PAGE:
impolite lines

Sarah B. Boyle

Sarah B. Boyle is a poet.

Hey, I've got more to say about the patriarchy!

Please note that this post refers to an essay of mine that was published at Queen Mob's Teahouse titled "An Analogy So Stupid You Will Think My Heart Isn't Breaking." That essay has been pulled from Queen Mob's in its entirety due to forces beyond my control. This post itself has been redacted due to those same forces. 

I am not done talking about this shit. I will never be done talking about this shit. There is no silencing me. 

1.

[we had some big fights on social media about this big thing i can't say anything about anymore.]

2 .

So I wrote an essay (ETA: yep, broken link, the essay was retracted). And I sent it out. And out. And out. It got rejected. One rejection came from a feminist site that explicitly asks for pieces that marry the high and the low, that use pop culture to understand feminist issues. Well, why not my piece about HGTV and the fights in literature, then? Another site, one that explicitly set out to create a space to have the tough conversations and be a place for longform, careful thought that engages with the issues--and that isn't the cesspool of Facebook--responded to my essay with a conspicuously long silence. Again, if you want to have the tough conversations, why not publish my essay contextualizing the fight over [redacted]? So, those responses were kind of hard to stomach. The worst rejection was probably the one I got after I withdrew my essay from consideration because it finally found a home (at Queen Mob's, because P. E. Garcia is everything everyone told me he was): a condescending note telling me I was a good writer (srsly, dude, shut up) but my opinion was wrong. And the implication that rejection carried was that because of my statement, in public, that my allegiance was to survivors, my piece was not fit for print at this particular website.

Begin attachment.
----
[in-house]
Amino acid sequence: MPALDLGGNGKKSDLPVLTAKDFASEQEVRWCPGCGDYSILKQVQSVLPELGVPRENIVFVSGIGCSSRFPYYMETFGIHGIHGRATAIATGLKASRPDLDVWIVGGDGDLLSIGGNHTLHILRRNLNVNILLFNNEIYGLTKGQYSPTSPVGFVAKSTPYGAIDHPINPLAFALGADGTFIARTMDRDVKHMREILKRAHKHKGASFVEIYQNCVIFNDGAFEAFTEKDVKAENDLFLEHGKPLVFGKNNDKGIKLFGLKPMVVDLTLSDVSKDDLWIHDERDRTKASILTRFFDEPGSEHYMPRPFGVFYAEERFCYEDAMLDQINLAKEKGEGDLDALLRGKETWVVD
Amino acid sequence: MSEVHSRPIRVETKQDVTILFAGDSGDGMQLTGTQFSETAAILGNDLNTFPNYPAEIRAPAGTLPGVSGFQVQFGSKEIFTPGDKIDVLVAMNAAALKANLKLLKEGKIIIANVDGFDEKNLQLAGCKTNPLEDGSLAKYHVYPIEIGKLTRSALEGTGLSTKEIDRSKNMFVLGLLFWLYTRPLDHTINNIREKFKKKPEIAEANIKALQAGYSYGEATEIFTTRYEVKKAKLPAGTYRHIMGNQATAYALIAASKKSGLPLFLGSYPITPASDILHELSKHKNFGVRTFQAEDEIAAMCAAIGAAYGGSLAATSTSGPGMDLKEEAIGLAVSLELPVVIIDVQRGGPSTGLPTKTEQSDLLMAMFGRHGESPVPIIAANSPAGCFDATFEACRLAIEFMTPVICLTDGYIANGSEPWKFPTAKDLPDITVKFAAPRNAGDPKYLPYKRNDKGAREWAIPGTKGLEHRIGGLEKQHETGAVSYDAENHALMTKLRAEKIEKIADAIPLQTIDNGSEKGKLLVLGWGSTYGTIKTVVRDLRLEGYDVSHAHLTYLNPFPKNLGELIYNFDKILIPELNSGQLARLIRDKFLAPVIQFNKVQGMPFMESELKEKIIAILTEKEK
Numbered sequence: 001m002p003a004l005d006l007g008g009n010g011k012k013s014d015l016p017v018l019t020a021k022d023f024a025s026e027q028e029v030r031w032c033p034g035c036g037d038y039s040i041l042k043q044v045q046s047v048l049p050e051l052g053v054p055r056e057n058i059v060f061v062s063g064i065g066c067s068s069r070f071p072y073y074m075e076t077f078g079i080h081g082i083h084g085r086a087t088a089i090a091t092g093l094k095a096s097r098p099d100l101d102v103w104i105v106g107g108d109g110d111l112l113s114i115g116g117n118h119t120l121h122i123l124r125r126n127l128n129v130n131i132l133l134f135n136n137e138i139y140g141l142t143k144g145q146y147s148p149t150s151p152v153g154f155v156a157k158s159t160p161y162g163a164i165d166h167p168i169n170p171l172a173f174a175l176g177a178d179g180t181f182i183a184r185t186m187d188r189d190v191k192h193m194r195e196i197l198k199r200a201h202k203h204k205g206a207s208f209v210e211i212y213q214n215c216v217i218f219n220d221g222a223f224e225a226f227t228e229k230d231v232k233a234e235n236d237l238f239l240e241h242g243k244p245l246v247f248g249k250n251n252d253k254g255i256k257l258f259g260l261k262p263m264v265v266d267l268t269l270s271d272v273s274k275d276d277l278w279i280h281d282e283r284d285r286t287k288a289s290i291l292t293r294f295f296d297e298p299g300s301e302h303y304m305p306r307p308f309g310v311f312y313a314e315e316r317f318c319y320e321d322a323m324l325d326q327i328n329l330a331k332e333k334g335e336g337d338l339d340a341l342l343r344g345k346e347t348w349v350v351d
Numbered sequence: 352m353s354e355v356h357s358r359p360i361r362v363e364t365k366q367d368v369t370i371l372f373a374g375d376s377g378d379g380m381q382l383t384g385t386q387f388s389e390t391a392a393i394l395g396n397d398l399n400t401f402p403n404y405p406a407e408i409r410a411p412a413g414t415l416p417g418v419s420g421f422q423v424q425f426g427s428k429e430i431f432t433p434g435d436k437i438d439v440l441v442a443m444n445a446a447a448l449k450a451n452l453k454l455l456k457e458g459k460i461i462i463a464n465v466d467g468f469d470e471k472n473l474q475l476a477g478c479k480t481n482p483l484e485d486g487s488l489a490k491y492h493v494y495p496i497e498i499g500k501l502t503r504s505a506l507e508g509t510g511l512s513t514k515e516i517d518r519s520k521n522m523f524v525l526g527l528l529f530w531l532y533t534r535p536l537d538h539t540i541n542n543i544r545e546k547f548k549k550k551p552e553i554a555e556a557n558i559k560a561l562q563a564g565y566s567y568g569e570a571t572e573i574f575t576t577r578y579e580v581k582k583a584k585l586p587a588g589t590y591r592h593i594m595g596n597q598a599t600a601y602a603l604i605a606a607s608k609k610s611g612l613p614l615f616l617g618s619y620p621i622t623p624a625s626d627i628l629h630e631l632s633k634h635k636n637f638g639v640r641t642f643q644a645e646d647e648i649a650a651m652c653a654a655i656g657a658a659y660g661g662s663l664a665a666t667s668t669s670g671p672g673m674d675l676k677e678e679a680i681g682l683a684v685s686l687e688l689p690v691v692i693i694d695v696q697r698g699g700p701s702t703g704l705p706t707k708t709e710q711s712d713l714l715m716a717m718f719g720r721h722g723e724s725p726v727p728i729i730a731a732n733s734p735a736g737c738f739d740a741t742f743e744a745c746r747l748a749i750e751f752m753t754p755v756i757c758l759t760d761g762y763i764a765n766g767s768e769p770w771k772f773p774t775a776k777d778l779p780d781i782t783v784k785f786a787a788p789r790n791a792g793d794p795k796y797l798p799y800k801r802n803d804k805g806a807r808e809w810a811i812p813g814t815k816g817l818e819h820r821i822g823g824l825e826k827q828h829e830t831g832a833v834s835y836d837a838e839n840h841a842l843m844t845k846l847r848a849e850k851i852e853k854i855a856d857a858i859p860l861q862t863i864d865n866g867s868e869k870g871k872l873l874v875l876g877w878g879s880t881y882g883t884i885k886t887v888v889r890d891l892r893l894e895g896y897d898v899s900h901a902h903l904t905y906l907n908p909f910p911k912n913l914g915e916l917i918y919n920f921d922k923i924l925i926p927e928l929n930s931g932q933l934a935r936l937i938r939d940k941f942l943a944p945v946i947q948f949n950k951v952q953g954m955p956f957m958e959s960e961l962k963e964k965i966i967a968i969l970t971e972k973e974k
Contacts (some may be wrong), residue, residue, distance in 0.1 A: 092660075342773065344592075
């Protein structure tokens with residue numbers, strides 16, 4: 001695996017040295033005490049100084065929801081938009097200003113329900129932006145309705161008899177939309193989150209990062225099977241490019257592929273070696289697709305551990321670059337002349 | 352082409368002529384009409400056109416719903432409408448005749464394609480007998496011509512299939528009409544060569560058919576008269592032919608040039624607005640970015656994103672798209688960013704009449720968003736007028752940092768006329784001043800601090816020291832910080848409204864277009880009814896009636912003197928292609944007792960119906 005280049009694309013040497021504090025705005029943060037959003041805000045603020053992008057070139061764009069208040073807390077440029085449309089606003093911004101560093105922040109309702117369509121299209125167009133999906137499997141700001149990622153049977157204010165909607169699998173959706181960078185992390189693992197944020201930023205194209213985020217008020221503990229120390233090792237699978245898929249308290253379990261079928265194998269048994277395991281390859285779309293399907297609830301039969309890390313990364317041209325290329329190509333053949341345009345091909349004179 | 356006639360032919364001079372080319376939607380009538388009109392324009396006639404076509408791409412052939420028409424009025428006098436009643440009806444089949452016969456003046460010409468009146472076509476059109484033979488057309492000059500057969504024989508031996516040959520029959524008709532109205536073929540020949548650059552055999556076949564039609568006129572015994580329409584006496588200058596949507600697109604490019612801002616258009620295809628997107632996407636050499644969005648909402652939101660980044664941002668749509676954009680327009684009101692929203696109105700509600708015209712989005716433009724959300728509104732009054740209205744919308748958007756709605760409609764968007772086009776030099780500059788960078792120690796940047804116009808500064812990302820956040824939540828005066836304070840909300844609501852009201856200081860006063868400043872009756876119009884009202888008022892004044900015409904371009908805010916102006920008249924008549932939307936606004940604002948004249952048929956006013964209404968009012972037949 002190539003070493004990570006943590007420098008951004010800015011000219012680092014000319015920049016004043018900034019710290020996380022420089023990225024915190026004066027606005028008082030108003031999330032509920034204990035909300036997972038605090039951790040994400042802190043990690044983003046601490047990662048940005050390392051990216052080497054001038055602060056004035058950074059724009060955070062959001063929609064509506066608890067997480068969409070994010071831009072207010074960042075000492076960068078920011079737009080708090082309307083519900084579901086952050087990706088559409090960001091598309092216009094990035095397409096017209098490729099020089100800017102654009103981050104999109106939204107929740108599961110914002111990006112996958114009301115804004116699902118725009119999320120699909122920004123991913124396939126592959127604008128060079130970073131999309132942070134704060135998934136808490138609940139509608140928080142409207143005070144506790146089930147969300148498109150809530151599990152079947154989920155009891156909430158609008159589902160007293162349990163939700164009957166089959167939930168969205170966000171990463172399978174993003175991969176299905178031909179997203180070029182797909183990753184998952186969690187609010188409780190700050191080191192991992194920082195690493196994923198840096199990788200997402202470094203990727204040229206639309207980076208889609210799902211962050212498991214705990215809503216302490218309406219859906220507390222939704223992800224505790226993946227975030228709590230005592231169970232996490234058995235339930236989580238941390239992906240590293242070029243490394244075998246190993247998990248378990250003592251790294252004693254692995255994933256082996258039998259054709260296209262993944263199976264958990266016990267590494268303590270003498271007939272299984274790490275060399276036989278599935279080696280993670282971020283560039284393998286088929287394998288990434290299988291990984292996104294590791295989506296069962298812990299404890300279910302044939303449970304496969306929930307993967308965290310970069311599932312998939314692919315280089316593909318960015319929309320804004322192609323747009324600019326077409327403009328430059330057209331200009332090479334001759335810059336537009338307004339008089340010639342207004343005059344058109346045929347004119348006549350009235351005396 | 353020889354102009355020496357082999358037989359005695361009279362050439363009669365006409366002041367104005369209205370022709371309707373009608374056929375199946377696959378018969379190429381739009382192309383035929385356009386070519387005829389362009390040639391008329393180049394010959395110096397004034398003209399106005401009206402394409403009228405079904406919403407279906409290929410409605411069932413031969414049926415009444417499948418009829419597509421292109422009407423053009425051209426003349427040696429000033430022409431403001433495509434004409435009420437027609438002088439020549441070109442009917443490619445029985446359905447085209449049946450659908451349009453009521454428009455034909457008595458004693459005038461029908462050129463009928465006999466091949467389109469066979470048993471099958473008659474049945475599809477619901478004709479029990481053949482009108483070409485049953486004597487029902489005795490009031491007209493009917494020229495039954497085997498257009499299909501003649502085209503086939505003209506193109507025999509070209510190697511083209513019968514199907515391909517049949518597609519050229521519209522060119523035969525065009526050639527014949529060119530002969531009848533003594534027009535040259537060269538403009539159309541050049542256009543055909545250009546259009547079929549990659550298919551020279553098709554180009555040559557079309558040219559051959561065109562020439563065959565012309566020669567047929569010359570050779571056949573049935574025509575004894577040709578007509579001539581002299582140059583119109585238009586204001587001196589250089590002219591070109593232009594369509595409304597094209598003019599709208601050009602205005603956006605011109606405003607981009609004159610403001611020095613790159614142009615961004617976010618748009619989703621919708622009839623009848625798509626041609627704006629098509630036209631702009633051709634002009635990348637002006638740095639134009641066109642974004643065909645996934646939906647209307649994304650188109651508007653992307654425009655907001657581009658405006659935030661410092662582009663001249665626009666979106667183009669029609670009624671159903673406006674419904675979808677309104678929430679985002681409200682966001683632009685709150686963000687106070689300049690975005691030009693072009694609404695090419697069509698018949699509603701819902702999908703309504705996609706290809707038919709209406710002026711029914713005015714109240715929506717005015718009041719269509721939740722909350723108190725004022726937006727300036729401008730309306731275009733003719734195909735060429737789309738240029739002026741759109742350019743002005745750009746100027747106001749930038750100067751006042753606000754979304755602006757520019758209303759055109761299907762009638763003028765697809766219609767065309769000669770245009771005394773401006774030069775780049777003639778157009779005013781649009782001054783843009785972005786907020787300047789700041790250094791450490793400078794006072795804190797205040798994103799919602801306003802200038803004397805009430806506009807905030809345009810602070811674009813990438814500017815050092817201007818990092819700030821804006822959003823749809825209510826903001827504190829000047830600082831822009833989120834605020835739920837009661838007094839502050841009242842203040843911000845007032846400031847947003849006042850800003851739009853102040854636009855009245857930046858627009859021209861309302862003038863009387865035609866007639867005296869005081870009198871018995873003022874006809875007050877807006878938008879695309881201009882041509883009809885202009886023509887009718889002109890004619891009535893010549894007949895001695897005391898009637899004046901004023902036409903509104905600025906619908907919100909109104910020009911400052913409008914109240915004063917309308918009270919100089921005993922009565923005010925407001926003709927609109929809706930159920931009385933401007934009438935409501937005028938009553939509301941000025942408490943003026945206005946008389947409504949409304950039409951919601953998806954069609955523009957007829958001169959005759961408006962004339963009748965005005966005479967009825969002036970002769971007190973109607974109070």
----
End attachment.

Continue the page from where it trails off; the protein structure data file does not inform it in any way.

And I thought, oh, I understand. I said I stand with [the survivors], and everyone who runs websites these days is friends with [redacted]. This is how power protects itself. Which isn't even to say that I think editors were purposefully trying to shut my point of view out of a conversation--or, more sinisterly, shut down the conversation altogether--but just an observation that when you are a powerful editor and someone accuses you of something terrible, your friends are likely to also be powerful editors and gatekeepers. And they're your friends, so they will protect you. 

3.

It's been pointed out on a number of occasions that criticism in poetry is kind of dead. Like, no one publishes bad reviews. And of course they don't. For one, poetry is super small. If you publish a bad review, you are hurting either a friend or a friend of a friend. And for another, you are probably hurting yourself by crossing a press off your list of potential publishers. Not to mention how a bad review makes poetry, an already unpopular art form, sound even worse.

All this glad handing has larger consequences, though, because it extends to how we treat one another. No one wants to bad mouth anyone because the community is so small and we should all be nice and polite. Gossip, of course, we do that. But actual discussion of poets behaving badly? Not so much lately. (You'll note that I'm part of the problem, too, because I will not name the websites who rejected me outright or ignored me.)